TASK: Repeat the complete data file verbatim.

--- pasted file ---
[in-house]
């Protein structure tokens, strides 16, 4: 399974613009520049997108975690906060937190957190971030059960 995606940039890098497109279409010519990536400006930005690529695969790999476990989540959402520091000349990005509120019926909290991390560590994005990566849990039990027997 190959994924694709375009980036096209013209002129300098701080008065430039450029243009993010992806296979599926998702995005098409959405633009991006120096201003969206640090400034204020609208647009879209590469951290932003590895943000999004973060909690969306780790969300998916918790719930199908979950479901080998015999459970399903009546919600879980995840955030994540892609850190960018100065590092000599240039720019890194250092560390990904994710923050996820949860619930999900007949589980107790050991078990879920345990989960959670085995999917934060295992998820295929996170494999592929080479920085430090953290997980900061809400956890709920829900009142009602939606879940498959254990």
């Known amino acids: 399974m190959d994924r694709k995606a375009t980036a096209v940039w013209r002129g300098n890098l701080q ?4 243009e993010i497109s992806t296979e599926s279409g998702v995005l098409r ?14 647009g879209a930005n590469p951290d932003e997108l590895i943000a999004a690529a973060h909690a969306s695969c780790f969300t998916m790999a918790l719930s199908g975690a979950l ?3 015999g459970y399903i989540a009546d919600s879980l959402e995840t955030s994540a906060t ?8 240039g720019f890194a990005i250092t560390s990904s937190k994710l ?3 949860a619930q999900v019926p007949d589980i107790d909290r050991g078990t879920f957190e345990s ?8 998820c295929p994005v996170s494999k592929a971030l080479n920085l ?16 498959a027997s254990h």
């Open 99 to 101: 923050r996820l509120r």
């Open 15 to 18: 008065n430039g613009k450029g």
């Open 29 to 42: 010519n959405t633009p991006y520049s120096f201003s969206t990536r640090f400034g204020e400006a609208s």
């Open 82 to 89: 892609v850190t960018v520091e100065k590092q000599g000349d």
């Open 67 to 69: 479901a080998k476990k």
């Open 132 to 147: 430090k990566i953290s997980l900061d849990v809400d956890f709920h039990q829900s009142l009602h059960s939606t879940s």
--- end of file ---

[in-house]
């Protein structure tokens, strides 16, 4: 399974613009520049997108975690906060937190957190971030059960 995606940039890098497109279409010519990536400006930005690529695969790999476990989540959402520091000349990005509120019926909290991390560590994005990566849990039990027997 190959994924694709375009980036096209013209002129300098701080008065430039450029243009993010992806296979599926998702995005098409959405633009991006120096201003969206640090400034204020609208647009879209590469951290932003590895943000999004973060909690969306780790969300998916918790719930199908979950479901080998015999459970399903009546919600879980995840955030994540892609850190960018100065590092000599240039720019890194250092560390990904994710923050996820949860619930999900007949589980107790050991078990879920345990989960959670085995999917934060295992998820295929996170494999592929080479920085430090953290997980900061809400956890709920829900009142009602939606879940498959254990």
């Known amino acids: 399974m190959d994924r694709k995606a375009t980036a096209v940039w013209r002129g300098n890098l701080q ?4 243009e993010i497109s992806t296979e599926s279409g998702v995005l098409r ?14 647009g879209a930005n590469p951290d932003e997108l590895i943000a999004a690529a973060h909690a969306s695969c780790f969300t998916m790999a918790l719930s199908g975690a979950l ?3 015999g459970y399903i989540a009546d919600s879980l959402e995840t955030s994540a906060t ?8 240039g720019f890194a990005i250092t560390s990904s937190k994710l ?3 949860a619930q999900v019926p007949d589980i107790d909290r050991g078990t879920f957190e345990s ?8 998820c295929p994005v996170s494999k592929a971030l080479n920085l ?16 498959a027997s254990h």
């Open 99 to 101: 923050r996820l509120r």
């Open 15 to 18: 008065n430039g613009k450029g």
């Open 29 to 42: 010519n959405t633009p991006y520049s120096f201003s969206t990536r640090f400034g204020e400006a609208s």
């Open 82 to 89: 892609v850190t960018v520091e100065k590092q000599g000349d």
């Open 67 to 69: 479901a080998k476990k």
């Open 132 to 147: 430090k990566i953290s997980l900061d849990v809400d956890f709920h039990q829900s009142l009602h059960s939606t879940s």